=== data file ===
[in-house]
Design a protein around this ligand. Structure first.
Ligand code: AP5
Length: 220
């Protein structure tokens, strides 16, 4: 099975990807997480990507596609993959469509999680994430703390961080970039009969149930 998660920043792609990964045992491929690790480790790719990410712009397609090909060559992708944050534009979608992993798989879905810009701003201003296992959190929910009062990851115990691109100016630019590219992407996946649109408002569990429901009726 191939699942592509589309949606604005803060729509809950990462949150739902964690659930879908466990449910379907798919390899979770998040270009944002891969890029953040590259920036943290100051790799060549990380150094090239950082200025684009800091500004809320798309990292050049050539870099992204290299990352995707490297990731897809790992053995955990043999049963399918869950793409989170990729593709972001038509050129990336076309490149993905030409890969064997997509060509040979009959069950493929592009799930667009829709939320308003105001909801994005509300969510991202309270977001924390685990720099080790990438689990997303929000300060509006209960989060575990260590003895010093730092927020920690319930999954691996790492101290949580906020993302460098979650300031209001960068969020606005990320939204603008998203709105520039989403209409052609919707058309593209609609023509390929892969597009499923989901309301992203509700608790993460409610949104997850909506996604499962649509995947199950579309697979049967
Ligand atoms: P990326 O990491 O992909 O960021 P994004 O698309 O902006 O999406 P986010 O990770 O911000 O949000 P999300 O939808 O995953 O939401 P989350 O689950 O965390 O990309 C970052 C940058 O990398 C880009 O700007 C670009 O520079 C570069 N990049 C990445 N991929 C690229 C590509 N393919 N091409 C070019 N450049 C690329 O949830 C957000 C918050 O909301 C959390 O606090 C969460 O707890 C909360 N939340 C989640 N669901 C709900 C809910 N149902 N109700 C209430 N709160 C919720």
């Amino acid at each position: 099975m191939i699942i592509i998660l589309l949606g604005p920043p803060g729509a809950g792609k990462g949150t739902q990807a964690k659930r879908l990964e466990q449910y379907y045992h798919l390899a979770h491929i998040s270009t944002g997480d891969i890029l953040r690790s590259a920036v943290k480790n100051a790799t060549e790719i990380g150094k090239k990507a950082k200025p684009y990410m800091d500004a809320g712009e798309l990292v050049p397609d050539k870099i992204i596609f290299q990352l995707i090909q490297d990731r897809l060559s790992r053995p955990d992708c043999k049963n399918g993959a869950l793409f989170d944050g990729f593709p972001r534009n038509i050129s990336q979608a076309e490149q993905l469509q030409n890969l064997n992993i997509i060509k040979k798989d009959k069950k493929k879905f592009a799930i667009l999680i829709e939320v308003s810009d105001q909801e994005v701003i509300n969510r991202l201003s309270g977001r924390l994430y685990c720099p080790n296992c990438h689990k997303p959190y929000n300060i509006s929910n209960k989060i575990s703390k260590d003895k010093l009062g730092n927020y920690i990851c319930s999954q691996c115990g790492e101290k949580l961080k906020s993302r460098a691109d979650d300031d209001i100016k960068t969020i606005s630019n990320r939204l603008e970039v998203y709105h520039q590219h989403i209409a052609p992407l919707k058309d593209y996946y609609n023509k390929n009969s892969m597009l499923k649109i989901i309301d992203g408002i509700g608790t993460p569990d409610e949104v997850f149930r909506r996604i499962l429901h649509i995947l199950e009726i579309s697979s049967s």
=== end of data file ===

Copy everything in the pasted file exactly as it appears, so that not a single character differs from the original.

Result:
[in-house]
Design a protein around this ligand. Structure first.
Ligand code: AP5
Length: 220
């Protein structure tokens, strides 16, 4: 099975990807997480990507596609993959469509999680994430703390961080970039009969149930 998660920043792609990964045992491929690790480790790719990410712009397609090909060559992708944050534009979608992993798989879905810009701003201003296992959190929910009062990851115990691109100016630019590219992407996946649109408002569990429901009726 191939699942592509589309949606604005803060729509809950990462949150739902964690659930879908466990449910379907798919390899979770998040270009944002891969890029953040590259920036943290100051790799060549990380150094090239950082200025684009800091500004809320798309990292050049050539870099992204290299990352995707490297990731897809790992053995955990043999049963399918869950793409989170990729593709972001038509050129990336076309490149993905030409890969064997997509060509040979009959069950493929592009799930667009829709939320308003105001909801994005509300969510991202309270977001924390685990720099080790990438689990997303929000300060509006209960989060575990260590003895010093730092927020920690319930999954691996790492101290949580906020993302460098979650300031209001960068969020606005990320939204603008998203709105520039989403209409052609919707058309593209609609023509390929892969597009499923989901309301992203509700608790993460409610949104997850909506996604499962649509995947199950579309697979049967
Ligand atoms: P990326 O990491 O992909 O960021 P994004 O698309 O902006 O999406 P986010 O990770 O911000 O949000 P999300 O939808 O995953 O939401 P989350 O689950 O965390 O990309 C970052 C940058 O990398 C880009 O700007 C670009 O520079 C570069 N990049 C990445 N991929 C690229 C590509 N393919 N091409 C070019 N450049 C690329 O949830 C957000 C918050 O909301 C959390 O606090 C969460 O707890 C909360 N939340 C989640 N669901 C709900 C809910 N149902 N109700 C209430 N709160 C919720």
């Amino acid at each position: 099975m191939i699942i592509i998660l589309l949606g604005p920043p803060g729509a809950g792609k990462g949150t739902q990807a964690k659930r879908l990964e466990q449910y379907y045992h798919l390899a979770h491929i998040s270009t944002g997480d891969i890029l953040r690790s590259a920036v943290k480790n100051a790799t060549e790719i990380g150094k090239k990507a950082k200025p684009y990410m800091d500004a809320g712009e798309l990292v050049p397609d050539k870099i992204i596609f290299q990352l995707i090909q490297d990731r897809l060559s790992r053995p955990d992708c043999k049963n399918g993959a869950l793409f989170d944050g990729f593709p972001r534009n038509i050129s990336q979608a076309e490149q993905l469509q030409n890969l064997n992993i997509i060509k040979k798989d009959k069950k493929k879905f592009a799930i667009l999680i829709e939320v308003s810009d105001q909801e994005v701003i509300n969510r991202l201003s309270g977001r924390l994430y685990c720099p080790n296992c990438h689990k997303p959190y929000n300060i509006s929910n209960k989060i575990s703390k260590d003895k010093l009062g730092n927020y920690i990851c319930s999954q691996c115990g790492e101290k949580l961080k906020s993302r460098a691109d979650d300031d209001i100016k960068t969020i606005s630019n990320r939204l603008e970039v998203y709105h520039q590219h989403i209409a052609p992407l919707k058309d593209y996946y609609n023509k390929n009969s892969m597009l499923k649109i989901i309301d992203g408002i509700g608790t993460p569990d409610e949104v997850f149930r909506r996604i499962l429901h649509i995947l199950e009726i579309s697979s049967s």